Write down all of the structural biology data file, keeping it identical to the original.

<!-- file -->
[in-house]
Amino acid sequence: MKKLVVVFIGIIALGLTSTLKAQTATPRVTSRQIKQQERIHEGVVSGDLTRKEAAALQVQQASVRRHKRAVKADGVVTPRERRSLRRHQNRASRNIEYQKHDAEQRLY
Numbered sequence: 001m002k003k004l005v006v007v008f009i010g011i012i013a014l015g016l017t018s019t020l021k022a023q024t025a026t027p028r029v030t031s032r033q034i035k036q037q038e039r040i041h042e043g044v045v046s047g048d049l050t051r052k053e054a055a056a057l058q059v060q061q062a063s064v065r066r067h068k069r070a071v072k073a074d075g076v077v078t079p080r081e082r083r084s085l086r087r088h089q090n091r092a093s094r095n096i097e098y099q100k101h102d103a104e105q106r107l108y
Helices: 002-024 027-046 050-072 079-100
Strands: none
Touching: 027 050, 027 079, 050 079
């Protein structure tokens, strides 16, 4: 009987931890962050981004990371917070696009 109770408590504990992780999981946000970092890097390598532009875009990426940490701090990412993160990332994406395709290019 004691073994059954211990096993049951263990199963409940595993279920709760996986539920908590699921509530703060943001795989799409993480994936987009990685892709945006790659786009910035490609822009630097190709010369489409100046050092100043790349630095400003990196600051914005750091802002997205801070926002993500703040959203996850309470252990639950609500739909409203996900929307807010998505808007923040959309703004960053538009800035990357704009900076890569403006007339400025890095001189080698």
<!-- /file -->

[in-house]
Amino acid sequence: MKKLVVVFIGIIALGLTSTLKAQTATPRVTSRQIKQQERIHEGVVSGDLTRKEAAALQVQQASVRRHKRAVKADGVVTPRERRSLRRHQNRASRNIEYQKHDAEQRLY
Numbered sequence: 001m002k003k004l005v006v007v008f009i010g011i012i013a014l015g016l017t018s019t020l021k022a023q024t025a026t027p028r029v030t031s032r033q034i035k036q037q038e039r040i041h042e043g044v045v046s047g048d049l050t051r052k053e054a055a056a057l058q059v060q061q062a063s064v065r066r067h068k069r070a071v072k073a074d075g076v077v078t079p080r081e082r083r084s085l086r087r088h089q090n091r092a093s094r095n096i097e098y099q100k101h102d103a104e105q106r107l108y
Helices: 002-024 027-046 050-072 079-100
Strands: none
Touching: 027 050, 027 079, 050 079
């Protein structure tokens, strides 16, 4: 009987931890962050981004990371917070696009 109770408590504990992780999981946000970092890097390598532009875009990426940490701090990412993160990332994406395709290019 004691073994059954211990096993049951263990199963409940595993279920709760996986539920908590699921509530703060943001795989799409993480994936987009990685892709945006790659786009910035490609822009630097190709010369489409100046050092100043790349630095400003990196600051914005750091802002997205801070926002993500703040959203996850309470252990639950609500739909409203996900929307807010998505808007923040959309703004960053538009800035990357704009900076890569403006007339400025890095001189080698």